In the last 10 years, the U.S. airline industry has moved toward less in-house maintenance and more work completed by third-party providers.
Our business plan requires streamlining our maintenance operations and dramatically reducing costs. With the arrival of our new aircraft, our maintenance requirements will decrease. To address these changes, American will now have the ability to outsource up to 35 percent of its aircraft-related maintenance spend (15% of aircraft-related Line Maintenance spend). This aligns our cost structure closer to industry standards while still preserving key in-house maintenance functions.
It’s simply not efficient to have three maintenance and overhaul bases performing work. For this reason, we will be closing our base at Alliance Airport in Fort Worth, Texas by April 2013. Work at Texas Aero Engine Service LLC (TAESL), our joint venture with Rolls-Royce based at Alliance, is anticipated to continue.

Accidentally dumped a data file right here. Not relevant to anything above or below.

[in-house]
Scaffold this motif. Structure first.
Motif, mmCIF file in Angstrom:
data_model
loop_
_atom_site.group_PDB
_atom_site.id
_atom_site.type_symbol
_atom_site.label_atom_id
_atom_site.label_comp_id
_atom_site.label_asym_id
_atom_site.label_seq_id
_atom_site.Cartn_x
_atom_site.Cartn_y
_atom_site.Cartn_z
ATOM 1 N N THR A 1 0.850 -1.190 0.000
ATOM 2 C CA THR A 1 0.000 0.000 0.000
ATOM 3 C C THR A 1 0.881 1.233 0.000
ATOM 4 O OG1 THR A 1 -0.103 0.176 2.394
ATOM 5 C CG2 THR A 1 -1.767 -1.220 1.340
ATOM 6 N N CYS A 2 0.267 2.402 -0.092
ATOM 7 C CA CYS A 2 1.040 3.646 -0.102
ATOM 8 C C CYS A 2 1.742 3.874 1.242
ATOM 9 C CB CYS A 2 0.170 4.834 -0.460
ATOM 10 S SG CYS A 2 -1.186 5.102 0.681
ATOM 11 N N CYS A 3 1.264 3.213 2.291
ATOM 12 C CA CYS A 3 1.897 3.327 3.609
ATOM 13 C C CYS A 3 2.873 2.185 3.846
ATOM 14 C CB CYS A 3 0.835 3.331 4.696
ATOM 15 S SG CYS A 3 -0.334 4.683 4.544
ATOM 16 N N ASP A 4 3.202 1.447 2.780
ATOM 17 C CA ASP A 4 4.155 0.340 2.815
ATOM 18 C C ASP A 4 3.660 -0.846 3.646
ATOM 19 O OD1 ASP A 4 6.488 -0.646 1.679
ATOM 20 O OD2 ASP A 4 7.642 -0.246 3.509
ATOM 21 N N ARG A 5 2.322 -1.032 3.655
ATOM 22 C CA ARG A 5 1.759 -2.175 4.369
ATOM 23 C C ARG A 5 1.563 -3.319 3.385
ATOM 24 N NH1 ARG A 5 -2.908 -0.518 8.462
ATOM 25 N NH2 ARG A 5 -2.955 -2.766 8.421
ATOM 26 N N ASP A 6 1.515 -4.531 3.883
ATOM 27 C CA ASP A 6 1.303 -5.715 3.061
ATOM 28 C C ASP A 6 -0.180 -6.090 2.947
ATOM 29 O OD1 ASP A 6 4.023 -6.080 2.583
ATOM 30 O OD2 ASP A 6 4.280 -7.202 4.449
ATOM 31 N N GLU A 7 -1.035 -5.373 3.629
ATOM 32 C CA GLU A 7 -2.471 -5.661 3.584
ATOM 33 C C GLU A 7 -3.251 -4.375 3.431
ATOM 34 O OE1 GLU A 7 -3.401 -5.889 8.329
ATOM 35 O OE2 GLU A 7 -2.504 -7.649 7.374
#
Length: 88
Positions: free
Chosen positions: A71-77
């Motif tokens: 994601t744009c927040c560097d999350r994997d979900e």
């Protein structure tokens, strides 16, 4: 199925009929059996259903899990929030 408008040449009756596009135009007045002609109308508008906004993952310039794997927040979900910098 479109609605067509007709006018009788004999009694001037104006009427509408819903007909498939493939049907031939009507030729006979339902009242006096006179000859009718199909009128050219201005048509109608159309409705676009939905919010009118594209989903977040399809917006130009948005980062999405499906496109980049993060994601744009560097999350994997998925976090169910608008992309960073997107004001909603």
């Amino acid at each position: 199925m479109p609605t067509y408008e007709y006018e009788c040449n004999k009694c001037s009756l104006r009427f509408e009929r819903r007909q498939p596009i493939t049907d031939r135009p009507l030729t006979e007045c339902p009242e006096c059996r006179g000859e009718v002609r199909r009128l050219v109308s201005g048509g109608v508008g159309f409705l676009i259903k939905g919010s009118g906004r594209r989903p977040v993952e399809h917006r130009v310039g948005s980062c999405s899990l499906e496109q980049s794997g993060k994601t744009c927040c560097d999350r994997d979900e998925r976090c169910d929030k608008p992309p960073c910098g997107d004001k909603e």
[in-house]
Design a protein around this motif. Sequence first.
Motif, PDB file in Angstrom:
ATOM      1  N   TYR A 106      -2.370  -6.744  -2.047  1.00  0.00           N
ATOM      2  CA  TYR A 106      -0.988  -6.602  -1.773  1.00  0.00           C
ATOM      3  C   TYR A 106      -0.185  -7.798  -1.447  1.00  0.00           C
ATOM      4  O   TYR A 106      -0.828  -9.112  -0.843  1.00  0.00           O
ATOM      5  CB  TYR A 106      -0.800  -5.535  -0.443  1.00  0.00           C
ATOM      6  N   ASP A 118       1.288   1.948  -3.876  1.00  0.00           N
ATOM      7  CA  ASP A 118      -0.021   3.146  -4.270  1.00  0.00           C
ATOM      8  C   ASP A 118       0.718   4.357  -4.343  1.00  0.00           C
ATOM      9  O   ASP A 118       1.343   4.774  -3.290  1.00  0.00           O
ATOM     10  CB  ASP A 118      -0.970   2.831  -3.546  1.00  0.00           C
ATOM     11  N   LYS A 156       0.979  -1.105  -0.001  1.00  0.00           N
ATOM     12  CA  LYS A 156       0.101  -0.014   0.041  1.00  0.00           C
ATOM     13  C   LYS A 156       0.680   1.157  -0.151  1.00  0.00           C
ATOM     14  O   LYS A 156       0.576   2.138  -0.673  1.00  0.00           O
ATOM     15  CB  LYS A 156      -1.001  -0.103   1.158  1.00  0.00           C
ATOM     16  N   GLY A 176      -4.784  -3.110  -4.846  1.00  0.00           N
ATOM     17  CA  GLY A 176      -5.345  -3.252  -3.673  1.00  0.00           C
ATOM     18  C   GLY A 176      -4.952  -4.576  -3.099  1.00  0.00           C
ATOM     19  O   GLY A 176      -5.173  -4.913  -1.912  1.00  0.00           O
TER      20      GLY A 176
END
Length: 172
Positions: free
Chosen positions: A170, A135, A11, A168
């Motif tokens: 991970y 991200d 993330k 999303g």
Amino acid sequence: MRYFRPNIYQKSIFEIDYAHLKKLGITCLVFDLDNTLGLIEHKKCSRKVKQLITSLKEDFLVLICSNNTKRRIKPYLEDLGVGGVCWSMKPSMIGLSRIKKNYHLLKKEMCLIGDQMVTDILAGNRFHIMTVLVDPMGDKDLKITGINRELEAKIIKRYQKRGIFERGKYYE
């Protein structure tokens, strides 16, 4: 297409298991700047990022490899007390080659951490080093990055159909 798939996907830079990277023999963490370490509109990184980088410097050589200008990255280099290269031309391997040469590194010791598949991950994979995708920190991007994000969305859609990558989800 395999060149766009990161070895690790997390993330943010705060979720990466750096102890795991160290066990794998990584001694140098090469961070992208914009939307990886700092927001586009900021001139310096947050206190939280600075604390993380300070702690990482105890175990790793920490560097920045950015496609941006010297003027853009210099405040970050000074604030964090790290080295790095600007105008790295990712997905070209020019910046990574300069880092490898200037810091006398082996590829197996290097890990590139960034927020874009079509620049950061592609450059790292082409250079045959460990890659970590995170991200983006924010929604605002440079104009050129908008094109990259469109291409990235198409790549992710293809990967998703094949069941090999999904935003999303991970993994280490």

We will also be making changes to work rules in a phased approach that would give us the flexibility to operate like a third-party Maintenance, Repair and Overhaul (MRO) facility with a similar cost structure.
The outsourcing of up to 35 percent of our total maintenance spend is still low when compared to others airlines. Southwest outsources 59 percent; US Airways 58 percent; JetBlue 59 percent and United Airlines outsources 48 percent.
Source: DOT Form 41; direct
maintenance airframe and engine repairs as a percentage of total flight
TAESL expense is removed from direct maintenance aircraft engine repair as this
in-house work is reported as outsourced for Form 41 purposes